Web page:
Friday Book Whimsy: Top Five for 2018

Every year, my reading goal is 100 books. I don’t think I have ever reached my goal, and this year I fell even shorter than last year. Nevertheless, I read some books that I really liked. Not all of my top five books were published in 2018. Furthermore, it was pretty hard to narrow my book list down to five.

Here are the five favorite books I read this year, in no particular order…..

Book of Polly by Kathy Hepinstall
Willow is 10 years old, and her mother Polly was in her 50s when she was born. Willow lives in fear that her mother will die before she is grown. As for Polly she lives life to the fullest, but carries the burden of secrets that she refuses to share with her daughter. And then when tragedy strikes, they take a trip back to Polly’s old stomping grounds and Willow learns her secrets.

Eleanor Oliphant is Completely Fine Gail Honeyman
Eleanor struggles with appropriate social skills, and prefers to live her regular, if boring life in which she never strays outside the lines. And then she meets Raymond, and their friendship opens her up to new possibilities. I loved this book primarily for the characters.

 

The Word is Murder Anthony Horowitz
In The Word is Murder, author Horowitz literally writes himself into the book as one of the characters. A disgraced police detective, let go from the London police force is hired as a consultant for the case of a mysterious murder of the mother of a famous actor. In Sherlock Holmes/Dr. Watson style, the detective — known only as Hawthorne — hires Horowitz to work with him on a case, and chronicle it by writing a diary. The premise is as clever as can be, earning it a place in my top five favorites.

Be Frank With Me Julia Claiborne Johnson
Alice Whitley agrees to become the assistant to famed author Mimi Banning as she writes her first book in years to ensure that the book is completed. Part of Alice’s job description is taking care of Mimi’s 9-year-old probably-autistic son Frank, who is one of my favorite characters of all time. He is smart, funny, and loves to dress up like 40s movie stars. I enjoyed the story, and simply adored Frank.

Clock Dance Anne Tyler
Anne Tyler is one of my favorite authors of all time, but I have been disappointed in her most recent efforts. I found Clock Dance to be back to the author’s standards, featuring characters with whom I could be friends. Willa Drake has had plenty of sadness in her life. Her mother was bipolar, and her first husband died in a road rage accident. She is comfortably settled into a pretty boring marriage with her second husband, when she gets a call that takes her to Baltimore and changes her life forever.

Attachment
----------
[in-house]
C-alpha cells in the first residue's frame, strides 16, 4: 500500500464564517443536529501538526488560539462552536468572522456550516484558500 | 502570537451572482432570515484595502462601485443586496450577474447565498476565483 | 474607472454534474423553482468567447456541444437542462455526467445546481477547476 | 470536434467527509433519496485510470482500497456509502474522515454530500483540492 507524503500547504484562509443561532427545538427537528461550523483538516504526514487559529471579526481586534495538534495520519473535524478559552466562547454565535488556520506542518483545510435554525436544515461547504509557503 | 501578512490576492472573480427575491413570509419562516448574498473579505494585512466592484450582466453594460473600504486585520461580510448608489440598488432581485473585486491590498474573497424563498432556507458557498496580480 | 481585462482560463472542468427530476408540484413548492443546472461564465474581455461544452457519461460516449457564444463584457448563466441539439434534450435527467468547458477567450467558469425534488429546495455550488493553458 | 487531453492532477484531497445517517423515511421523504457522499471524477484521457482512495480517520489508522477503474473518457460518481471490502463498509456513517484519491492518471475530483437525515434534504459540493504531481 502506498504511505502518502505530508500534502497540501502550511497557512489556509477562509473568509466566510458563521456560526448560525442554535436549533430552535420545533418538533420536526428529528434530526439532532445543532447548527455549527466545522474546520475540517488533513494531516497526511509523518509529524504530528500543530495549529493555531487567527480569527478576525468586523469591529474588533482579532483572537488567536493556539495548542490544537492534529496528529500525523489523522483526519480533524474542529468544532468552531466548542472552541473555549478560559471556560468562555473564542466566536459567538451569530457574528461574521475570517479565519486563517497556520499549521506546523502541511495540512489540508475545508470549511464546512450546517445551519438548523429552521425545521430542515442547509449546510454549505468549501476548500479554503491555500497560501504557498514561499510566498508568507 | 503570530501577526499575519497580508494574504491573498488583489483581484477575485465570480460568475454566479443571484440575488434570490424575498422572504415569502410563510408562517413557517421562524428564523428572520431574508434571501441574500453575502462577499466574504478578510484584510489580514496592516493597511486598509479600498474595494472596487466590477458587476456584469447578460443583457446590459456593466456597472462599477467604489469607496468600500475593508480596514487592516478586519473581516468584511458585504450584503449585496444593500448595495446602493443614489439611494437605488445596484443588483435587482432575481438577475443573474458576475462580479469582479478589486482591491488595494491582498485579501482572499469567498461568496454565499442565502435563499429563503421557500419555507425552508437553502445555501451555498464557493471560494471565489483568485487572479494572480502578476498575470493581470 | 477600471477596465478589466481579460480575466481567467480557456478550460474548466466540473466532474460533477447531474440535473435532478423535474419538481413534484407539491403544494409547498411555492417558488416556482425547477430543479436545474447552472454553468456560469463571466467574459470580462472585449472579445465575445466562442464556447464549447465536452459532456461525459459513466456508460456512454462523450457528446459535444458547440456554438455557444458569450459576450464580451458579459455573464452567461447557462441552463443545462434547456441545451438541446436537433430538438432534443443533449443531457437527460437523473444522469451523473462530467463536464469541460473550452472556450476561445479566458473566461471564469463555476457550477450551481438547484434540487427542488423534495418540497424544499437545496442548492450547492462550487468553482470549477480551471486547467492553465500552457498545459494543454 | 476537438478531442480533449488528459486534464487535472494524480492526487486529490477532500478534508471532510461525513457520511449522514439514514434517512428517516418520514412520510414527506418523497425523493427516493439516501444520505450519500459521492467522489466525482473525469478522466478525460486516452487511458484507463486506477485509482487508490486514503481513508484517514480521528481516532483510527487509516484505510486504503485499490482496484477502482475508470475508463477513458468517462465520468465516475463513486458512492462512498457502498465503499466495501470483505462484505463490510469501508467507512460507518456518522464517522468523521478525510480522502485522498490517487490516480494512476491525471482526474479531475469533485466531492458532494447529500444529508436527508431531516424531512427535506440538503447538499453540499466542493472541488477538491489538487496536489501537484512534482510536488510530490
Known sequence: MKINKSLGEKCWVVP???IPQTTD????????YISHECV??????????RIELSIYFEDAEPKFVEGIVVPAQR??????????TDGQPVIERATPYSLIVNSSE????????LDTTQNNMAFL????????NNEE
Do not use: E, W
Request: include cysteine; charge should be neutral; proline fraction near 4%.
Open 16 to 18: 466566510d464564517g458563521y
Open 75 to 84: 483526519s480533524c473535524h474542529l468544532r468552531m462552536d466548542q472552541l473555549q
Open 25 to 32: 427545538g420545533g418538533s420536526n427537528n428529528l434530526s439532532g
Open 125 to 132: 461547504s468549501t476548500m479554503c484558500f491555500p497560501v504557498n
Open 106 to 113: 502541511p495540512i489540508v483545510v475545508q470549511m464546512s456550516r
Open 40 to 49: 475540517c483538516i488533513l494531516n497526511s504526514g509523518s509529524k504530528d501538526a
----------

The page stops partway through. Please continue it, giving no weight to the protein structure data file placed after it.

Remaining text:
Honorable mentions: Woman in the Window by A.J. Finn; Caroline: Little House on the Prairie Revisited, by Sarah Miller; and Then She Was Gone, by Lisa Jewell.

Next year: 100 BOOKS

Friday Book Whimsy: The Word is Murder

Author Anthony Horowitz has created and written some of my favorite mystery television programs — Foyle’s War being my most favorite of all. As a writer of fiction, he is known primarily for his young adult books, with Alex Rider being perhaps the most well-known. But I fell in love with him originally for a book I reviewed a while back called Magpie Murders, a cleverly-written mystery story within a mystery story. Intrigued by that book, I quickly read a couple of Sherlock Holmes stories that he had written. Many have attempted to duplicate Sir Arthur Conan Doyle, but most haven’t succeeded. Horowitz did.

I was very excited, therefore, to see that he had a new novel being released. The premise of The Word is Murder was again so, so clever. And the result, I’m happy to say, met my expectations.

In The Word is Murder, Horowitz literally writes himself into the book as one of the characters. A disgraced police detective, let go from the London police force, is hired as a consultant for the case of a mysterious murder of the mother of a famous actor. In Sherlock Holmes/Dr. Watson style, the detective — known only as Hawthorne — hires Horowitz to work with him on a case, and chronicle it by writing a diary.

The actor’s mother visits a funeral home one day, making arrangements for her own funeral. This isn’t particularly unusual. However, what IS unusual is that she is murdered that very afternoon. Hawthorne and Horowitz work together to solve the mystery.

The character of Hawthorne is modeled directly after Sherlock Holmes. He is brilliant and cocky and brash. Horowitz writes himself as a likable Watson.

The ending was a surprise, and quite gratifying.

I will warn you that, while I absolutely LOVED this book — finding it so incredibly clever — I can see where a reader might be turned off by the way Horowitz portrays himself. There is lots of name-dropping, lunches with Stephen Spielberg, and so forth. It didn’t deter me. I recommend this book with great gusto!

Here is a link to the book.